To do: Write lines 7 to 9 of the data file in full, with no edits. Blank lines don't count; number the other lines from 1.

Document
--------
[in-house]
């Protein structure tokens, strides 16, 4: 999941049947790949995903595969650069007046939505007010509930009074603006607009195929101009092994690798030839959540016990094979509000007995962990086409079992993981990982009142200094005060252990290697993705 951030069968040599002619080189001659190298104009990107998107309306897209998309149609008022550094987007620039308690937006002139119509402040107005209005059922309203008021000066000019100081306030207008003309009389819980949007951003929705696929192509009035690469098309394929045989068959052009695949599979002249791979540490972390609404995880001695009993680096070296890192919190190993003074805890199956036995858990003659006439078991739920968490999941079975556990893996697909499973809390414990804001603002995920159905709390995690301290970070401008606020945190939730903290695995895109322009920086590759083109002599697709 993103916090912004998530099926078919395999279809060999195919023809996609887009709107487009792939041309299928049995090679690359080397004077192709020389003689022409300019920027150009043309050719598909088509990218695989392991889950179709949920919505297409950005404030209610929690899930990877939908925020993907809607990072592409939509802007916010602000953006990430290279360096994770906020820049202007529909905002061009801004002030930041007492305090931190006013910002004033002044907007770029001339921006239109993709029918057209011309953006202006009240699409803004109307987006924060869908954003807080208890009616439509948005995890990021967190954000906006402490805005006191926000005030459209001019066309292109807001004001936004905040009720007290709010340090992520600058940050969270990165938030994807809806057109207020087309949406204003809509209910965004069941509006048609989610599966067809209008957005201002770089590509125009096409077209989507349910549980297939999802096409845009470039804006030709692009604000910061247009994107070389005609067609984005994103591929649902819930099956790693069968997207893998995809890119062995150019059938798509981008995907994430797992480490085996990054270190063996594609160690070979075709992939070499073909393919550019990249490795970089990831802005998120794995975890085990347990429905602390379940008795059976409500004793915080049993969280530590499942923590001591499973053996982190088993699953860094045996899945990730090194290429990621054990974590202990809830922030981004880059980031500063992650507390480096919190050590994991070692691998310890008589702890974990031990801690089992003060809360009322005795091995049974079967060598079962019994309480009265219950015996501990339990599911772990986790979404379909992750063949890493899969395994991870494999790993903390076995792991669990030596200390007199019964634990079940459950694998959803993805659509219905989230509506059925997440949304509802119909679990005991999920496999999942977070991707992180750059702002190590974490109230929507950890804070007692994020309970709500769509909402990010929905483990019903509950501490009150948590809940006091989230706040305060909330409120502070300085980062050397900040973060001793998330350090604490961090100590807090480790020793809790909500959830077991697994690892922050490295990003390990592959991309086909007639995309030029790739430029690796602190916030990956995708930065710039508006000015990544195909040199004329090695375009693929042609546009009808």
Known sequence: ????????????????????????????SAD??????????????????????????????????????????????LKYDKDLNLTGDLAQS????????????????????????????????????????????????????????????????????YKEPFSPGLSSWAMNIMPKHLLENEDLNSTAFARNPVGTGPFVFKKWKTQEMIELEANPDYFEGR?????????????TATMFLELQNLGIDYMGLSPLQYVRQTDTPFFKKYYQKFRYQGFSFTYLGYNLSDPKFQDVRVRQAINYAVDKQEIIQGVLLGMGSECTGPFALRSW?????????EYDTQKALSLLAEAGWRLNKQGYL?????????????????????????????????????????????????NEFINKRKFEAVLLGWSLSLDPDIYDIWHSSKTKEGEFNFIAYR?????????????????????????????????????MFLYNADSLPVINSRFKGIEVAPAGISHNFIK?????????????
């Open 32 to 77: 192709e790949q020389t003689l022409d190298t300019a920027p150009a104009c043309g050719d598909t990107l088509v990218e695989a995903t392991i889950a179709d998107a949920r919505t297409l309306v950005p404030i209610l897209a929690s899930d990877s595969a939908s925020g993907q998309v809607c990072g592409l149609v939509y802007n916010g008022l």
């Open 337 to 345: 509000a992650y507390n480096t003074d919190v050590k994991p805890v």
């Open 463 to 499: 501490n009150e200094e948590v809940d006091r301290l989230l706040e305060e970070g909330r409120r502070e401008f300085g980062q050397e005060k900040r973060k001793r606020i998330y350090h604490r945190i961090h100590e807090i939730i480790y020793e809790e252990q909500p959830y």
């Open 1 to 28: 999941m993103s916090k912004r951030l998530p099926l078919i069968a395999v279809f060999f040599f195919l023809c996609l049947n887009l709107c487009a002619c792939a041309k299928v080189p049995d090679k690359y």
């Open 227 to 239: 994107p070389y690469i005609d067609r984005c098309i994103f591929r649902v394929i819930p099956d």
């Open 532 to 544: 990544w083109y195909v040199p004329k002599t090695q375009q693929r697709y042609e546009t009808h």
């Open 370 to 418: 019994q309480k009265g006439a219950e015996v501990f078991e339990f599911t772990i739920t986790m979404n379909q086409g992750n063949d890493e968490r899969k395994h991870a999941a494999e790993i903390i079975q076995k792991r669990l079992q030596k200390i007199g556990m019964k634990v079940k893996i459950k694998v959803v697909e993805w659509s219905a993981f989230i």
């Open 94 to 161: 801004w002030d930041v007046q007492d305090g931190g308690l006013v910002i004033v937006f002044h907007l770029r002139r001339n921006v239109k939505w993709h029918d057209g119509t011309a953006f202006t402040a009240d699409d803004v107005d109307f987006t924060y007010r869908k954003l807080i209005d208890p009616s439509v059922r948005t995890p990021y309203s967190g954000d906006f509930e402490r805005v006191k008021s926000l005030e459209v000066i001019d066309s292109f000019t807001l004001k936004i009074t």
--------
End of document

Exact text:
């Open 1 to 28: 999941m993103s916090k912004r951030l998530p099926l078919i069968a395999v279809f060999f040599f195919l023809c996609l049947n887009l709107c487009a002619c792939a041309k299928v080189p049995d090679k690359y």
């Open 227 to 239: 994107p070389y690469i005609d067609r984005c098309i994103f591929r649902v394929i819930p099956d």
């Open 532 to 544: 990544w083109y195909v040199p004329k002599t090695q375009q693929r697709y042609e546009t009808h």